Several products in your bathroom are most likely packaged in an aerosol spray form. These products could range from your hairspray to your deodorant, shaving cream, and even your air freshener. The idea behind the creation of aerosol spray products was to make application and production faster and easier. However, there are several serious risks that these products can pose to your health.
The fastest way to absorb a chemical or substance into the body and bloodstream, aside from injecting it directly into the veins, is by inhaling the product into the lungs. When you use an aerosol spray product, about half of the material that is sprayed out winds up in the air around you. In a small and unventilated bathroom, a great deal of the product, and all of its harmful chemicals, will be inhaled.
The various chemicals included in a typical aerosol beauty product have been shown to raise serious health concerns including rash, hives, eye irritation, blurry vision, low blood pressure, headaches, mental confusion, nausea, and, if inhaled at high levels, loss of consciousness, anaphylactic response, and severe lung damage.1
Air fresheners might very well be the worst aerosol offenders in your bathroom. In a recent study conducted by the National Resources Defense Council, 12 out of 14 popular aerosol air fresheners were found to contain dangerous chemicals known as phthalates. These phthalates have been linked to a number of harmful conditions, including causing hormone imbalance, and they have even been linked to birth defects.2
You are probably also using aerosols outside of your bathroom in the form of aerosol spray cleaners to polish your furniture or clean your windows. In a 2007 study performed by the Centre for Research in Environmental Epidemiology at the Municipal Institute of Medical Research in Barcelona, Spain, using aerosol spray cleaners or air fresheners dramatically increased asthma risk. Of those studied who said they used aerosol cleaners once a week, asthma rates were 45% higher in women and 76% higher in men. And if use was increased to four or more times a week, the risk doubled.3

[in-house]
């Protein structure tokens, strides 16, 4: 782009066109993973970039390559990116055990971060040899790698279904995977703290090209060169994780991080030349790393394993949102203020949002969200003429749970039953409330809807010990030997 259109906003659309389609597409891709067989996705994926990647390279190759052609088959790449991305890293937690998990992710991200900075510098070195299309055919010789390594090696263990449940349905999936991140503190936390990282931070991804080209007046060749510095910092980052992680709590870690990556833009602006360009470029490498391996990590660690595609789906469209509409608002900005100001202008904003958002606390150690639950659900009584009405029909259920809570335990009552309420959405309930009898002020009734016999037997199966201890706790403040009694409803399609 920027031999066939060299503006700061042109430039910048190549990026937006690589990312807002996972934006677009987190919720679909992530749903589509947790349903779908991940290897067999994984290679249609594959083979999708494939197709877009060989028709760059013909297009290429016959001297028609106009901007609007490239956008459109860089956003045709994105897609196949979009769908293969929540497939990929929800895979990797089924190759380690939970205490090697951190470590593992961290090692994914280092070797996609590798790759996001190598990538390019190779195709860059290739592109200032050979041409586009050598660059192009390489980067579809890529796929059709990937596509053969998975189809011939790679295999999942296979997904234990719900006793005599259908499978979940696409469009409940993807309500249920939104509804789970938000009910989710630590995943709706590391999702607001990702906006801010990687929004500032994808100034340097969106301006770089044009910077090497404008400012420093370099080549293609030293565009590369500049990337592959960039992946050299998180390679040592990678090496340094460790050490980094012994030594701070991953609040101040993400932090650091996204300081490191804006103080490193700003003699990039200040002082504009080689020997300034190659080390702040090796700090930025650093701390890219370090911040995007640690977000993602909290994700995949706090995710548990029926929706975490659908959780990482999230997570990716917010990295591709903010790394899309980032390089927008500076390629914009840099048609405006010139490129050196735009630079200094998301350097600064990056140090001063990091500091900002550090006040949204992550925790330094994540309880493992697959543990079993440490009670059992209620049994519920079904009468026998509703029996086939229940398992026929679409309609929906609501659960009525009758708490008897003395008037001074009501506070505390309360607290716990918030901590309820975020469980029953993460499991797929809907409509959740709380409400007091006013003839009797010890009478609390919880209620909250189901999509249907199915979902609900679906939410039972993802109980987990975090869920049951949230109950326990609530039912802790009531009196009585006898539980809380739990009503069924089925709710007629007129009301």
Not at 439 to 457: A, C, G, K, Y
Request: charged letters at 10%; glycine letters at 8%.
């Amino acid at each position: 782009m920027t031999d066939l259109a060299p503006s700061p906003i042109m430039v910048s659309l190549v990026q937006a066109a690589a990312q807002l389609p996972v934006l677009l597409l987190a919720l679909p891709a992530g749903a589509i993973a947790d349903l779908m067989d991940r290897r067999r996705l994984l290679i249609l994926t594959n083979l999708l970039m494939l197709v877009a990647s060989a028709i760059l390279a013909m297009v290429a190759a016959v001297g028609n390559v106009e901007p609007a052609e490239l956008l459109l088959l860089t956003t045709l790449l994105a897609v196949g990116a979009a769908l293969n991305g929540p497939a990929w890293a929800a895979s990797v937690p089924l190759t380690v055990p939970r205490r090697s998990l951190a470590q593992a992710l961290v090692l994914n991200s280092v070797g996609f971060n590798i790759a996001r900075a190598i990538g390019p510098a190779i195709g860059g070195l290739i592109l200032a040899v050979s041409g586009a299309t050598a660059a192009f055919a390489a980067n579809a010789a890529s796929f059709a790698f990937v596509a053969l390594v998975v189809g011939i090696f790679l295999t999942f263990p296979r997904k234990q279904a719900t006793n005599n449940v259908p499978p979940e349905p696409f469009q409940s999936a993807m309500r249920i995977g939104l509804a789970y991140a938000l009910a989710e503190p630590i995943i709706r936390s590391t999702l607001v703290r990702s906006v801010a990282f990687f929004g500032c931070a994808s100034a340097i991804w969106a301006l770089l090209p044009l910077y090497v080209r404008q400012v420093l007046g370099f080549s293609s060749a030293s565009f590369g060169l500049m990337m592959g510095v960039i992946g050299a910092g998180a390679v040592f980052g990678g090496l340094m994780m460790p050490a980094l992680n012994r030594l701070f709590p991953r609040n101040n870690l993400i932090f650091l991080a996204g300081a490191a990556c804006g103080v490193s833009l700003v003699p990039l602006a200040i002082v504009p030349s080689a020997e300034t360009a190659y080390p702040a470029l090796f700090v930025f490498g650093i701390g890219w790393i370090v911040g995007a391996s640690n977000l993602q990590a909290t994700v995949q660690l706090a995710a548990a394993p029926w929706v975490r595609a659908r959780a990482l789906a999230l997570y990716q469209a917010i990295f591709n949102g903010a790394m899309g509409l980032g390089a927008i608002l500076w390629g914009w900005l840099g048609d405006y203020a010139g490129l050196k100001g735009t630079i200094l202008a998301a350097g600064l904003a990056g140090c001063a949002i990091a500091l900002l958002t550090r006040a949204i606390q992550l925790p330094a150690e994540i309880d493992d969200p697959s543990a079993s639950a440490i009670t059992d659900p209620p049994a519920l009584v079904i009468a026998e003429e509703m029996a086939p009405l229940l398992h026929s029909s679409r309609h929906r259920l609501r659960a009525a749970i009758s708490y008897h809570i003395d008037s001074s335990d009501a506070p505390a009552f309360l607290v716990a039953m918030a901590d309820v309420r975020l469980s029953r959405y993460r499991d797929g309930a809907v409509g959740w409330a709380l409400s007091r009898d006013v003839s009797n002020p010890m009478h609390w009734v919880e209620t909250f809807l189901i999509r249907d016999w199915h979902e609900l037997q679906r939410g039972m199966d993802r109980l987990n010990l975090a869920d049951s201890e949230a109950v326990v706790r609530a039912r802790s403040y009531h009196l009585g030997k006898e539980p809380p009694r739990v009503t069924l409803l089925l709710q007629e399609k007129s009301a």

1 Taub S.J. “The dangers of aerosol sprays,” Eye Ear Nose Throat Mon., 54(5), http://www.ncbi.nlm.nih.gov/pubmed/1123032 (accessed via PubMed November 22, 2010)
2 NRDC, “Common Air Fresheners Contain Chemicals That May Affect Human Reproductive Development,” Natural Resources Defense Council, http://www.nrdc.org/media/2007/070919.asp (accessed November 22, 2010)
3 American Thoracic Society, “The Use of Household Cleaning Sprays and Adult Asthma,” American Journal of Respiratory and Critical Care Medicine, Vol. 176, http://ajrccm.atsjournals.org/cgi/content/full/176/8/735 (accessed November 22, 2010)